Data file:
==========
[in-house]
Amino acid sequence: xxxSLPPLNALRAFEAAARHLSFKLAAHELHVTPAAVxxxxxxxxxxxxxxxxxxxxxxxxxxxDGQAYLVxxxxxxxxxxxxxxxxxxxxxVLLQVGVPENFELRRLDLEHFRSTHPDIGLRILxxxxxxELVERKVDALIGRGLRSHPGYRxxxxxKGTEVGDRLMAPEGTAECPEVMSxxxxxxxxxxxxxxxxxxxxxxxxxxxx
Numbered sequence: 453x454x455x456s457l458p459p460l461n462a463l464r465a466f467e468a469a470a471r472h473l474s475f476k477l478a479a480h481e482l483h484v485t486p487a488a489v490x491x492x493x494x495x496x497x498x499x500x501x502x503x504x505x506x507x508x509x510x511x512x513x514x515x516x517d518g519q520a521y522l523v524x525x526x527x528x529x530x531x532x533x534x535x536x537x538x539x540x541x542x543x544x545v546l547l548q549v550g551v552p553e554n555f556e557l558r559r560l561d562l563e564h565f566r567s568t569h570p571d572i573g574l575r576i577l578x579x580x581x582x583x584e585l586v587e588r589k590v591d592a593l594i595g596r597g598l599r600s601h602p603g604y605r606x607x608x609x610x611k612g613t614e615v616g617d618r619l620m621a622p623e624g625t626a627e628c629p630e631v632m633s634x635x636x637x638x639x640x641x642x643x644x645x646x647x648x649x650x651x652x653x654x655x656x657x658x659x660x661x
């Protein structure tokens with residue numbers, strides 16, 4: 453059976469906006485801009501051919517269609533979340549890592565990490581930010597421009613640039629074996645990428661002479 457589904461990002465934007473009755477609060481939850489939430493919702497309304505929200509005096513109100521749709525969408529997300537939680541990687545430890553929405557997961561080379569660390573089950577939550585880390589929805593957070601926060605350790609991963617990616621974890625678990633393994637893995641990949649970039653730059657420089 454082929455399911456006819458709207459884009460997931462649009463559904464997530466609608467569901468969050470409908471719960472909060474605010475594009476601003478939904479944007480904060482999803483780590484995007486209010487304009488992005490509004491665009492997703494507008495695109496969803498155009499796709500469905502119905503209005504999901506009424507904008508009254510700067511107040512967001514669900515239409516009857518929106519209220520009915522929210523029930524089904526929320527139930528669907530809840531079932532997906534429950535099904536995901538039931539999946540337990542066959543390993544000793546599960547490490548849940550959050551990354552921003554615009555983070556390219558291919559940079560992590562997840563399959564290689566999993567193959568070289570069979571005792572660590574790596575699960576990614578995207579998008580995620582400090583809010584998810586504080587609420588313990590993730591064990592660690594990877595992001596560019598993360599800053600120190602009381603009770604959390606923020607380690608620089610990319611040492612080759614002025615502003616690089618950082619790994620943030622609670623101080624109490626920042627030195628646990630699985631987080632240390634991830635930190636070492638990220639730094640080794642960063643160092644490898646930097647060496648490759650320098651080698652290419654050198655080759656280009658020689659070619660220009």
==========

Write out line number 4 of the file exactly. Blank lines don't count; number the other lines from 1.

């Protein structure tokens with residue numbers, strides 16, 4: 453059976469906006485801009501051919517269609533979340549890592565990490581930010597421009613640039629074996645990428661002479 457589904461990002465934007473009755477609060481939850489939430493919702497309304505929200509005096513109100521749709525969408529997300537939680541990687545430890553929405557997961561080379569660390573089950577939550585880390589929805593957070601926060605350790609991963617990616621974890625678990633393994637893995641990949649970039653730059657420089 454082929455399911456006819458709207459884009460997931462649009463559904464997530466609608467569901468969050470409908471719960472909060474605010475594009476601003478939904479944007480904060482999803483780590484995007486209010487304009488992005490509004491665009492997703494507008495695109496969803498155009499796709500469905502119905503209005504999901506009424507904008508009254510700067511107040512967001514669900515239409516009857518929106519209220520009915522929210523029930524089904526929320527139930528669907530809840531079932532997906534429950535099904536995901538039931539999946540337990542066959543390993544000793546599960547490490548849940550959050551990354552921003554615009555983070556390219558291919559940079560992590562997840563399959564290689566999993567193959568070289570069979571005792572660590574790596575699960576990614578995207579998008580995620582400090583809010584998810586504080587609420588313990590993730591064990592660690594990877595992001596560019598993360599800053600120190602009381603009770604959390606923020607380690608620089610990319611040492612080759614002025615502003616690089618950082619790994620943030622609670623101080624109490626920042627030195628646990630699985631987080632240390634991830635930190636070492638990220639730094640080794642960063643160092644490898646930097647060496648490759650320098651080698652290419654050198655080759656280009658020689659070619660220009």